In the opening anecdote, a student repeatedly made transphobic comments in class. The instructor, as well as the student’s classmates, tried to call him in using several of the tactics described above. In this case, the student turned down the “calling in” invitations and continued to make offensive comments. Because he persisted in behaving disrespectfully to the classroom community, the instructor ultimately asked him to leave class.

Though we encourage students to learn and grow by calling in, not all students will take us up on the offer. It’s important to remember that we invite students to participate respectfully, but we cannot make them do so. If you must, ask a disrespectful student to leave.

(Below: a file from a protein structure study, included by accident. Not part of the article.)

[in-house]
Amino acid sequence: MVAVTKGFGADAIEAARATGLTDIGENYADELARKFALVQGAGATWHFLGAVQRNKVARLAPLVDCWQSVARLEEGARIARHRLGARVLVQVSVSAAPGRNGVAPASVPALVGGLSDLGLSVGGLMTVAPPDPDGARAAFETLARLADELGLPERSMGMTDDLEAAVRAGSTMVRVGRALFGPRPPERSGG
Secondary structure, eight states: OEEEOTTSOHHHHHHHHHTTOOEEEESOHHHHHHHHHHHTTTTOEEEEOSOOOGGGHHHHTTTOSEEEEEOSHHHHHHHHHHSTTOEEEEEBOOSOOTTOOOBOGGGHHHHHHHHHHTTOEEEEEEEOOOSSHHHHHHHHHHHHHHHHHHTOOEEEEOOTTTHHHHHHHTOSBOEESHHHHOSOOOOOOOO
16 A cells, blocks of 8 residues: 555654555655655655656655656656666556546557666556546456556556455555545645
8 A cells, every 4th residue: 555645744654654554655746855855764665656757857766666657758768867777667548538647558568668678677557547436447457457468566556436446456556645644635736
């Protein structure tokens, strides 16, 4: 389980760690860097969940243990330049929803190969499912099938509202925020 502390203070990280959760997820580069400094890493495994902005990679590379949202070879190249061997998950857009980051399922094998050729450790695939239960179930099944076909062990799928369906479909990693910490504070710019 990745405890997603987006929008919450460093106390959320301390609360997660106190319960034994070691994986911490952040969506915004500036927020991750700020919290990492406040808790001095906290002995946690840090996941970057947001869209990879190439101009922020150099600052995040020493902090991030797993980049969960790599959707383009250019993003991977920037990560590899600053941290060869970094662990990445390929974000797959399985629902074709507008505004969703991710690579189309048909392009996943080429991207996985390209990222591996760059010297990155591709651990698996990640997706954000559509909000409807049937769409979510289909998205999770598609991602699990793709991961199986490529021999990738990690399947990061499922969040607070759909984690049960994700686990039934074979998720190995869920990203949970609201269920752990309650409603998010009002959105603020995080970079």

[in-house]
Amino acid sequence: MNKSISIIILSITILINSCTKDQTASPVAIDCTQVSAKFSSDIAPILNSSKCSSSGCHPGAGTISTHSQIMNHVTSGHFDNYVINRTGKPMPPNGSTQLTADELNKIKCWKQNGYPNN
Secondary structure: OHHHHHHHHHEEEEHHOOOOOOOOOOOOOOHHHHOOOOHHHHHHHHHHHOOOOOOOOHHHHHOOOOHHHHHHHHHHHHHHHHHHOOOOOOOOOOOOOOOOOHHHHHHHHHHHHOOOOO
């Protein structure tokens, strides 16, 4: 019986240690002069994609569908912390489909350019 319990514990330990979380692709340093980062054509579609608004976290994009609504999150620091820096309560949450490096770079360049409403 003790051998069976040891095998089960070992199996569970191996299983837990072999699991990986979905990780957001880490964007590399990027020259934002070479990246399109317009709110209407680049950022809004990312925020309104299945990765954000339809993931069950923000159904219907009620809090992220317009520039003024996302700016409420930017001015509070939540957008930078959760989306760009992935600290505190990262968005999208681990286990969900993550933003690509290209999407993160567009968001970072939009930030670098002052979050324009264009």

If a Situation Escalates

Above all, we should value the safety of our students and ourselves in class. If calling in is not working and you are worried that a conflict will escalate, choose the safest option possible to resolve the conflict before resuming class sessions.

  • If a student(s) refuses to leave class when asked, consider dismissing the entire class to de-escalate tension.
  • If you think a conflict between two or more students will pose a risk during class, cancel the session. No concept or course content is more important than the safety of you and your students.
  • If you feel unsafe interacting with a particular student(s), do not meet with them individually. Inform at least one supervisor of your concerns and make sure you are accompanied if you do choose to meet with them.